Please use this identifier to cite or link to this item:
|Title:||Connection of nanostructures using nanowires grown by a self-field emission process||Authors:||Thong, J.T.L.
|Issue Date:||2002||Citation:||Thong, J.T.L., Oon, C.H., You, G.F., Yeong, K.S. (2002). Connection of nanostructures using nanowires grown by a self-field emission process. Proceedings of SPIE - The International Society for Optical Engineering 4936 : 26-34. ScholarBank@NUS Repository. https://doi.org/10.1117/12.476097||Abstract:||A technique for growing single metallic nanowires through a process of field-emission from a pointed structure is described. The field-emission of electrons in the presence of metal-carbonyls results in the deposition and growth of nanowires with diameters typically ranging from 3 to 30 nm, depending on the precursor used and growth conditions. Lengths range typically from several to tens of microns. Transmission electron microscope analysis of the nanowires shows that they are overcoated with a thin (∼nm) layer of carbon which prevents the oxidation and corrosion of the encapsulated wire. Tungsten, iron and cobalt nanowires have been grown from their respective carbonyls. Current-voltage measurements of tungsten nanowires show ohmic behaviour at room temperature, yielding resistivity values 11-17 times that of bulk tungsten. Tungsten wires with inner core diameters of 4-5 nm are able to withstand current densities of greater than 5×1011 Am-2 before failure. Free-standing nanowires thus grown from vertically-aligned nanostructures such as carbon nanotubes can be made to contact a substrate electrode by electrostatic attraction. The technique opens up the possibility of making electrical contacts to nanostructures that are otherwise not easily contactable.||Source Title:||Proceedings of SPIE - The International Society for Optical Engineering||URI:||http://scholarbank.nus.edu.sg/handle/10635/83576||ISSN:||0277786X||DOI:||10.1117/12.476097|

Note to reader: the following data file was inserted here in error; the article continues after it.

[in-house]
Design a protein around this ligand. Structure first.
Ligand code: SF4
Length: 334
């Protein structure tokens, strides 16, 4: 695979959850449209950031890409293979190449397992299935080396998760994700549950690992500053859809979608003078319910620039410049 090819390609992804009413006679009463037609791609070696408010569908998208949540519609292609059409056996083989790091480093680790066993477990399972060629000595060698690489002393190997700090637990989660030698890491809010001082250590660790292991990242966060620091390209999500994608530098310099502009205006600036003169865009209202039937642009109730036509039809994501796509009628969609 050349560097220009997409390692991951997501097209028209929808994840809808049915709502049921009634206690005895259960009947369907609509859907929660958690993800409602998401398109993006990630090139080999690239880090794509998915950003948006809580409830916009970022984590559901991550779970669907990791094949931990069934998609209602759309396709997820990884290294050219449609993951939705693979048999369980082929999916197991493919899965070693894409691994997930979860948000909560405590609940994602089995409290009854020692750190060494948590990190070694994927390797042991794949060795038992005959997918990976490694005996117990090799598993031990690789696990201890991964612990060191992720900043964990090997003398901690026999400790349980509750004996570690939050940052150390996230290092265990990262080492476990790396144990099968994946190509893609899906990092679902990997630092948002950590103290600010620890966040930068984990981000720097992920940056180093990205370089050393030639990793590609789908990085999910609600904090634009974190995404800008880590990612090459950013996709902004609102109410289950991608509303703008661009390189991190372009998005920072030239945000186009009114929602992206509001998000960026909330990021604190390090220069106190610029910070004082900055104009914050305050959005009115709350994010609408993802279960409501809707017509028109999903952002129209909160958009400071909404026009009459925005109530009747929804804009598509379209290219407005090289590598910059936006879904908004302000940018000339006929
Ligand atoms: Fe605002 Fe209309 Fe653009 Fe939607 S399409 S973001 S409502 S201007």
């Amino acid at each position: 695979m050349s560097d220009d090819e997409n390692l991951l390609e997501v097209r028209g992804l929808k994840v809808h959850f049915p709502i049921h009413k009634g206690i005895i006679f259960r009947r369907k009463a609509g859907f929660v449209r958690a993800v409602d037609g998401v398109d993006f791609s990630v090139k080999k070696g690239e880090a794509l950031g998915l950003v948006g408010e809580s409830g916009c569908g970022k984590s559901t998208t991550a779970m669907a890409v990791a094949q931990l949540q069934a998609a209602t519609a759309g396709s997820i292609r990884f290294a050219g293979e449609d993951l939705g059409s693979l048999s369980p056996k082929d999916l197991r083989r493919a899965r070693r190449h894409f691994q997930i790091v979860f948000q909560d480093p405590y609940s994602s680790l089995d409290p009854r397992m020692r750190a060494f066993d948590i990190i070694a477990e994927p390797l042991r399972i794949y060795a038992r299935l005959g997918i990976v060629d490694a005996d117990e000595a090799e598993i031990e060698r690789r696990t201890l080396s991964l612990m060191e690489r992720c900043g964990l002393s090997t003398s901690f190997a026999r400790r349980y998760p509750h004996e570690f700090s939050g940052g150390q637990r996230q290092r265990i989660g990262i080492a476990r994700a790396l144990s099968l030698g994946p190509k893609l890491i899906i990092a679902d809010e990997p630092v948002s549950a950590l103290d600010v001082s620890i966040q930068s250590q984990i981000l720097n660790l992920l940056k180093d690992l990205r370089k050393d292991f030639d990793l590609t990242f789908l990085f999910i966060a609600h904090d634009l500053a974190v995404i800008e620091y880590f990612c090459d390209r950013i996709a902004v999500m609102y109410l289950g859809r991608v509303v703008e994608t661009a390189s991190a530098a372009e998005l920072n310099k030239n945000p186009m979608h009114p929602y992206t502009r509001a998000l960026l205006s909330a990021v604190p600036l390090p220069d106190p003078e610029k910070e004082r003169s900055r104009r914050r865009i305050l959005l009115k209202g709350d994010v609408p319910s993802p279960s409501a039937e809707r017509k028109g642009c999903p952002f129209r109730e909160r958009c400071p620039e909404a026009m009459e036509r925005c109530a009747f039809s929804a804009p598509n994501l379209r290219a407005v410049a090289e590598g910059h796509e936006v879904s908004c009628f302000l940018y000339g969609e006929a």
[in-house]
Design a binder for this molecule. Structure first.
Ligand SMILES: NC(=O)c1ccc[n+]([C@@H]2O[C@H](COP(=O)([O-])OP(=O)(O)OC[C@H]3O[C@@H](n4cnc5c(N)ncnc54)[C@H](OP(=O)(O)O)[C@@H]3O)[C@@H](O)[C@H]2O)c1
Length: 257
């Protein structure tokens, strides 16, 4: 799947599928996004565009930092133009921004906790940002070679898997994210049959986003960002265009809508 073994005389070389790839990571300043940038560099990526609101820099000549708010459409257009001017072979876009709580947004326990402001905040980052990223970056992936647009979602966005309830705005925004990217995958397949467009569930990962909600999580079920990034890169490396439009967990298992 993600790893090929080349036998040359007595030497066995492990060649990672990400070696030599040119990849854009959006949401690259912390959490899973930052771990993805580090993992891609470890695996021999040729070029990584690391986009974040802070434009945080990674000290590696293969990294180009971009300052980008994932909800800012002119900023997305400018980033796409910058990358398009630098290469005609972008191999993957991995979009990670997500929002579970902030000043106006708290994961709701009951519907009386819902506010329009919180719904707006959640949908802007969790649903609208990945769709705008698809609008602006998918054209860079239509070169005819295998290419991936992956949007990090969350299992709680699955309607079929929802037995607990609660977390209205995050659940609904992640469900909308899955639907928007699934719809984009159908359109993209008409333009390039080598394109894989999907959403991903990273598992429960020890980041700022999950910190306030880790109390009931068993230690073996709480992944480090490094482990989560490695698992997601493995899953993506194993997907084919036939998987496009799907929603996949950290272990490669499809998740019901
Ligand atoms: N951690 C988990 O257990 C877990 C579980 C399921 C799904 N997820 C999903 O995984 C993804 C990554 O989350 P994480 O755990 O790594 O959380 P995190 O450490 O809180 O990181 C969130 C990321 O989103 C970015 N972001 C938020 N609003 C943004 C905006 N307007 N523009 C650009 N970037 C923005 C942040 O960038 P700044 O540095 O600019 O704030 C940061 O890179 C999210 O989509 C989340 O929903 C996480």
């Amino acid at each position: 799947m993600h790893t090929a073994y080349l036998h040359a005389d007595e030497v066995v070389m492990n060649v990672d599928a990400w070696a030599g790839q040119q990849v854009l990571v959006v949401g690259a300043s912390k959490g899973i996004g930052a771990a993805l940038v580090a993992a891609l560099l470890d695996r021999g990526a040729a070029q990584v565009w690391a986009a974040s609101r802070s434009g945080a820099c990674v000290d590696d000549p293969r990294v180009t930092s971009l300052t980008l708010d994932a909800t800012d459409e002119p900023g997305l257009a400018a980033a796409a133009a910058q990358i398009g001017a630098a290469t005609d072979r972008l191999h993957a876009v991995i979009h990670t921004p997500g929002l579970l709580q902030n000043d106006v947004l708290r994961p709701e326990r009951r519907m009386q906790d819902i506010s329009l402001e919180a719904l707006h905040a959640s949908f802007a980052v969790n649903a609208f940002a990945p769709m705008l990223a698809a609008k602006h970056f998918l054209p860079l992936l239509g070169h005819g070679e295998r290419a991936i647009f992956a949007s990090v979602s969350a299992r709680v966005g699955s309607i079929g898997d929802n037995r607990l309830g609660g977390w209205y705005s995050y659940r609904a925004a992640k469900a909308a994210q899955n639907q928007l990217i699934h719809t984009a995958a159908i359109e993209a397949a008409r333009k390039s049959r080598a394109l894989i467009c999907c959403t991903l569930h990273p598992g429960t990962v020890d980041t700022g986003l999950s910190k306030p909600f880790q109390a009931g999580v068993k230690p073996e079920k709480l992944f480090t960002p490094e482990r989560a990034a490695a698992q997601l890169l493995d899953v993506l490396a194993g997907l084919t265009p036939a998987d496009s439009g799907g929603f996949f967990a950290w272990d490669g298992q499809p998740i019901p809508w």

|Appears in Collections:||Staff Publications|
Show full item record
Files in This Item:
There are no files associated with this item.
checked on Feb 24, 2021
checked on Mar 1, 2021
Items in DSpace are protected by copyright, with all rights reserved, unless otherwise indicated.